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Java Threading, a very simple introduction.

Threading in Java is really fairly simple. At first, it really might not seem that way, but there aren't a lot of parts to a simple multi-threaded model. The difficulty only comes at later, more complex, stages of application development, such as controlling multiple threads sharing data and resources. That problem is very similar to having one person vs a crowd of people sharing food and living space. With one person, there is no real extra effort required, you can just about let them do as they please. When sharing is required, conflicts will arise, and people get difficult to manage. Don't they?

So lets stay simple, and gain some clarity and a nice simple foundation on the topic.

In a simple model, there are two major components to be concerned with: - A calling class with a public static void main() method that will create and start threads. No structure required beyond that of any simple Java app, like the ubiquitous "Hello World!" example. - A Thread class. This class extends Thread and overrides the run() method. It probably also needs a initializer that sets any passed in variables. Sticking with the idea of a simple "Hello World!" app, this thread class is where you'd put that System.out.println("Hello, World!"); As a matter of fact, why don't we just write a threaded version of that as an example?

First, lets create the part of the app that you can think of as the thread itself. It's the part that, once you start it running, it's off and running all as a thread of it's own. Well, not entirely on it's own, but don't worry about that, yet. That's a bit more of an advanced topic and we can stay in a little "threads are magical and run off by themselves" world-view. At least for now. So create an OutputThread.java class file and add the following:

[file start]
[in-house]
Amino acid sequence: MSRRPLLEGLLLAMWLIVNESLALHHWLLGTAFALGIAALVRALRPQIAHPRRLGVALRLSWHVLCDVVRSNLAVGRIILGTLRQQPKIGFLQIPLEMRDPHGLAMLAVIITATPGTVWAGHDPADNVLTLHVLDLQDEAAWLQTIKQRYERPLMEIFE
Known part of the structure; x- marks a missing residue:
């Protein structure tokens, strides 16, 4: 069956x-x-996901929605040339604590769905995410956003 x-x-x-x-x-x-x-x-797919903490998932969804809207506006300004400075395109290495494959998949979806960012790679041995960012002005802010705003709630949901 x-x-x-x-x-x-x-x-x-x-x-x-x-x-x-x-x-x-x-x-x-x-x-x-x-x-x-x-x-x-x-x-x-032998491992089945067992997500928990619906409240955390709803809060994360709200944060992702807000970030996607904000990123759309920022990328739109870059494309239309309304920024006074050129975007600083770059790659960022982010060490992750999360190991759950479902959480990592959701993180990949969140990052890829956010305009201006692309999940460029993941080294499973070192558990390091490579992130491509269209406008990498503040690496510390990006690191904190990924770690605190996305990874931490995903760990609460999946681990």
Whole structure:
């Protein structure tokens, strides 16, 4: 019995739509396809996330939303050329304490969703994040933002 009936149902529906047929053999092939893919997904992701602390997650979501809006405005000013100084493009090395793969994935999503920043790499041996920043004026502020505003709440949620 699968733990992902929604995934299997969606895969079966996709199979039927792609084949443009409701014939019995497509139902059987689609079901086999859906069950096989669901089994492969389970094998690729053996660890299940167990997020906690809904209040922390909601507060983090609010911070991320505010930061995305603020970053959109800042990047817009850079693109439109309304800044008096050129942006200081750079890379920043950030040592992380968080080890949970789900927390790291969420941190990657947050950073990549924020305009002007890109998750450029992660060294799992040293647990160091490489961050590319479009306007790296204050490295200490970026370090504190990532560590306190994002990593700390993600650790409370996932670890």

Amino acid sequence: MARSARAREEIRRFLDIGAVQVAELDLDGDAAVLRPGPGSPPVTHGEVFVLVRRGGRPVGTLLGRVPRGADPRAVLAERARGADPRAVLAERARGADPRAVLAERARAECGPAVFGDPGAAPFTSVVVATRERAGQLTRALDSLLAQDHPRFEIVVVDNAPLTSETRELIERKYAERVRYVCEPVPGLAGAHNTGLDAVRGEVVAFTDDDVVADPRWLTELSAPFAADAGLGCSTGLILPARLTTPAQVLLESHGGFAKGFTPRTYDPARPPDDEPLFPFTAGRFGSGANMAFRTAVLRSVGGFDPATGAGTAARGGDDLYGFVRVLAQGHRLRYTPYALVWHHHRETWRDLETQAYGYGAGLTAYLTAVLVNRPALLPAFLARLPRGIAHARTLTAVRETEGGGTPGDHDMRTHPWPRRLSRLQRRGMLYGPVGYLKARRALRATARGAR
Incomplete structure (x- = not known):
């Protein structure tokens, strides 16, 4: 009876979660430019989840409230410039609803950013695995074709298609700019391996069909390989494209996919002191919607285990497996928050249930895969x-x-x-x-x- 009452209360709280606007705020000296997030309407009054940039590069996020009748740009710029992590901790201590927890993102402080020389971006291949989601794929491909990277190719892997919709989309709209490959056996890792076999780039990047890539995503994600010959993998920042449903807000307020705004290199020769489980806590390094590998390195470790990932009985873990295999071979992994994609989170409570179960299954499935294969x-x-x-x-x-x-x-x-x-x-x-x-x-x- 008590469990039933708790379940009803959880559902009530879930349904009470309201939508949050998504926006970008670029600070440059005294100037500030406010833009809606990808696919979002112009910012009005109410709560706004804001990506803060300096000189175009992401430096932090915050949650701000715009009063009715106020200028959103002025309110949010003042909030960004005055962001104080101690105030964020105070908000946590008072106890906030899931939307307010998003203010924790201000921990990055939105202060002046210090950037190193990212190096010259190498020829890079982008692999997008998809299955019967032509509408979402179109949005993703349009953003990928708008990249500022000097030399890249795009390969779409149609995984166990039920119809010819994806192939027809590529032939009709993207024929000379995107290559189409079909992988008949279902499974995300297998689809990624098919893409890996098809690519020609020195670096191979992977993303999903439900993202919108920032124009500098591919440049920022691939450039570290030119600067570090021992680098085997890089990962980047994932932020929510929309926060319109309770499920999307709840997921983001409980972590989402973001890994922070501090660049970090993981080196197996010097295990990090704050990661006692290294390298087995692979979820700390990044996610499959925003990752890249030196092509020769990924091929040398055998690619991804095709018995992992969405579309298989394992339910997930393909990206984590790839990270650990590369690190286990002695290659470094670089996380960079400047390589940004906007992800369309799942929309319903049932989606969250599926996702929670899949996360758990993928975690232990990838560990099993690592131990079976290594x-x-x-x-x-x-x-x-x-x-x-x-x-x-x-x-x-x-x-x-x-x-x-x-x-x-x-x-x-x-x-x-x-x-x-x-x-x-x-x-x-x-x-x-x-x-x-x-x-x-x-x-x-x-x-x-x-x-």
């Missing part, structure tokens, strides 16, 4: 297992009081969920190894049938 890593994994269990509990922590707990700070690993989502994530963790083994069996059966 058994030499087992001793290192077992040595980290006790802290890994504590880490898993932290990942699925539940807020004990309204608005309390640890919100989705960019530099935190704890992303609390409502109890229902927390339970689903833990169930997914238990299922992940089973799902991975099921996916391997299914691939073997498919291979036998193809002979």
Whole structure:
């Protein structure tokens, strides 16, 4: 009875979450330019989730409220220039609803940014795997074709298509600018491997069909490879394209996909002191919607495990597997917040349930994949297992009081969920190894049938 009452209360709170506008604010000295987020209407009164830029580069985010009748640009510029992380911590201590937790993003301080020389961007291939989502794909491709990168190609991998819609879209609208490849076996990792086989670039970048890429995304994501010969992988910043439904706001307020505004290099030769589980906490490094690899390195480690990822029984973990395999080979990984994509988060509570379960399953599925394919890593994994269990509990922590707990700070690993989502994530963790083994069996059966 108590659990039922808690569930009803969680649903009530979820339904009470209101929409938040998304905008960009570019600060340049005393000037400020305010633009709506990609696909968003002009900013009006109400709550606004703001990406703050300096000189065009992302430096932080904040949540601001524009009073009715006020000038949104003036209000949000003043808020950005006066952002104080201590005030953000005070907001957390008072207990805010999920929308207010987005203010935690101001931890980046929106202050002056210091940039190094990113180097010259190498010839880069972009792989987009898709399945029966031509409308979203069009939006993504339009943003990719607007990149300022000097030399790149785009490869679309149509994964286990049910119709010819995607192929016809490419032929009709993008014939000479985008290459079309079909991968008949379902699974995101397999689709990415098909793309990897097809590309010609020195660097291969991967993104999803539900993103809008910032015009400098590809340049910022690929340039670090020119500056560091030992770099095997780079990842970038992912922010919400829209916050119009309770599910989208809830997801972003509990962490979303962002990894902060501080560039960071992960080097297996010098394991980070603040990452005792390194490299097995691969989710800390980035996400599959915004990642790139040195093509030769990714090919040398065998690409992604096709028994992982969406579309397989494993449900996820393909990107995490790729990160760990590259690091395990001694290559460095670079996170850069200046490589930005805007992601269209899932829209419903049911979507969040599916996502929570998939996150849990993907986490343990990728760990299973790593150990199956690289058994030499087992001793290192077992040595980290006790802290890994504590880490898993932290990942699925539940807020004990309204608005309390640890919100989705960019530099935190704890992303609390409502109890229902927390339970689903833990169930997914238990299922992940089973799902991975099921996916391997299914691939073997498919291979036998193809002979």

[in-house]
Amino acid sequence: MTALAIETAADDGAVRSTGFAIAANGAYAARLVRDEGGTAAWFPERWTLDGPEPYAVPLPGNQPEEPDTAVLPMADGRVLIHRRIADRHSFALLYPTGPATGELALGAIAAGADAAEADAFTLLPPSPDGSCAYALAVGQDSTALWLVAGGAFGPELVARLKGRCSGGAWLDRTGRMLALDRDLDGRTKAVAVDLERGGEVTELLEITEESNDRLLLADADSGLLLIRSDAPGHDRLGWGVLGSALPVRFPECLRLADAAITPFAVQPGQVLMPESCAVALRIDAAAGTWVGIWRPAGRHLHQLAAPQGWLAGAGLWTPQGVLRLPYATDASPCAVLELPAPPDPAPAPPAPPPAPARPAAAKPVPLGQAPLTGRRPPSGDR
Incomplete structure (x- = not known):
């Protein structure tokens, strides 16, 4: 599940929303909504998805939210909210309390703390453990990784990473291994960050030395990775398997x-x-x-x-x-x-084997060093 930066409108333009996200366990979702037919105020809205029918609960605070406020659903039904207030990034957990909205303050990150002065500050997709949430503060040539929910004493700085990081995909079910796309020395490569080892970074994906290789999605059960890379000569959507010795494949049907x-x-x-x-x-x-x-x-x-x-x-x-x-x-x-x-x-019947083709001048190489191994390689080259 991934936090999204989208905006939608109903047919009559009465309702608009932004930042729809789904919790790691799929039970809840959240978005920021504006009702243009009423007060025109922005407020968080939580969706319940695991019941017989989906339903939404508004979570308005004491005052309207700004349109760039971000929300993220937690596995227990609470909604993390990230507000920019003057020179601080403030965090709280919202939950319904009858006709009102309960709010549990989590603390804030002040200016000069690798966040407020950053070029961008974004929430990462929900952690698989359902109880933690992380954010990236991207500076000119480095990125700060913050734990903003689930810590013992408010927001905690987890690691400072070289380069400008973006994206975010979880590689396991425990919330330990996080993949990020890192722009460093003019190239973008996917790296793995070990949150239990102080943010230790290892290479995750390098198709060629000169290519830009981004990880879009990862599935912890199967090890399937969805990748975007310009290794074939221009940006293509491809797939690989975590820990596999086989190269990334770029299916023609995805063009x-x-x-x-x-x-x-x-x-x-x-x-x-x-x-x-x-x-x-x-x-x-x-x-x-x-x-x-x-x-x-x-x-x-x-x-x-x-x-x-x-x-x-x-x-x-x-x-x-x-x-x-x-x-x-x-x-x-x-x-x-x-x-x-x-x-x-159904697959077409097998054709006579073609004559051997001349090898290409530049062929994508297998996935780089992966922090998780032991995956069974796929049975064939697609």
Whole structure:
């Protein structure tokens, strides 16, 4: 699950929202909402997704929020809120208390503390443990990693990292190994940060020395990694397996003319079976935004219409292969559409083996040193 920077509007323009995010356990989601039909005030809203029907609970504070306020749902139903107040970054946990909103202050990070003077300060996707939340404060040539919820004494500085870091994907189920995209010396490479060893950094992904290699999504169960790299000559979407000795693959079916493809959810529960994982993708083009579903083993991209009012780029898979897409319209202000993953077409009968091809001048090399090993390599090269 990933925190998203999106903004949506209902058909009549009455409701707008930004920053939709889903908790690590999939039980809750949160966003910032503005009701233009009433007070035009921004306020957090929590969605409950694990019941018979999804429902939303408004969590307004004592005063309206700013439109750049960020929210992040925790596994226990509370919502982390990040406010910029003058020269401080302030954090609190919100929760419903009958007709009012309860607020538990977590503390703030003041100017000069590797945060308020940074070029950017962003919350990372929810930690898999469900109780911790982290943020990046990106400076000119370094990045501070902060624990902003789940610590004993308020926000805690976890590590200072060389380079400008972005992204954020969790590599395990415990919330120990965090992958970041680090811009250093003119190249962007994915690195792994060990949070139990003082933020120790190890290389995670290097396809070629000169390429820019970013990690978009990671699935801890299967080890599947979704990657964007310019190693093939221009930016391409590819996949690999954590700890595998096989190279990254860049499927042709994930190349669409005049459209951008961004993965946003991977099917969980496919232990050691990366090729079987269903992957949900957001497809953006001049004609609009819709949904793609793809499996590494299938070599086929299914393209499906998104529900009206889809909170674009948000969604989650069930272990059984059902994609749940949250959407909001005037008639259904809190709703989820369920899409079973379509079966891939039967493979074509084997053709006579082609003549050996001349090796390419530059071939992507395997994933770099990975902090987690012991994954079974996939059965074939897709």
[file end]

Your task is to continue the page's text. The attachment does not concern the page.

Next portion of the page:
// Note that the class extends Thread
public class OutputThread extends Thread {
    private String myMessage;
    OutputThread(String message){
        System.out.println("Creating a thread");
        myMessage = message;
    }

    public void run(){
        System.out.println(myMessage);
    }

}

The first line creates a class, of course, but also tells java that you want this class to extend the Thread class. The Thread class is a template that defines your new class as capable of being used for threading. When you extend Thread, you need to define at least one method, run(). The run() method is similar to the main() method in a Java app. For this example, we're just printing our "Hello" message there, but it's where you'd define all of the super-fancy work you want your thread to run off and do, just like you'd do in a main() method for an non-threaded app. The constructor is required ONLY because we are passing in a String to print, so we set a variable myMessage here. Because you extended Thread, you get a start() method for free! It's free, so use it. Really. Remember this. Use start() and only start(). This is critical. The start method is what is used to launch your thread. Anything you create in a thread class might run when called, but that WILL NOT actually launch your thread, it will fool you and just run the method.

We're almost done!

Next, create the main() part of our threaded app. Create a HelloThreadedWorld.java class file and put this in it:

public class HelloThreadedWorld {

    public static void main(String[] args){
        OutputThread outputThread = new OutputThread("Hello, Threaded World!");
        outputThread.start();
    }

}

So in the above code, you simply create an instance of your OutputThread class, then start() it. Note that we pass our "Hello" message to the thread, but the thread will do the printing. If you run this, you should get output similar to this:

Creating a thread
Hello, Threaded World!

This is so simple that you may actually not understand the benefit of using a thread. I understand. In the next article, I'll take this a bit further and demonstrate that this is really, honestly creating a thread that is running on it's own, separate from the control of the main() method.

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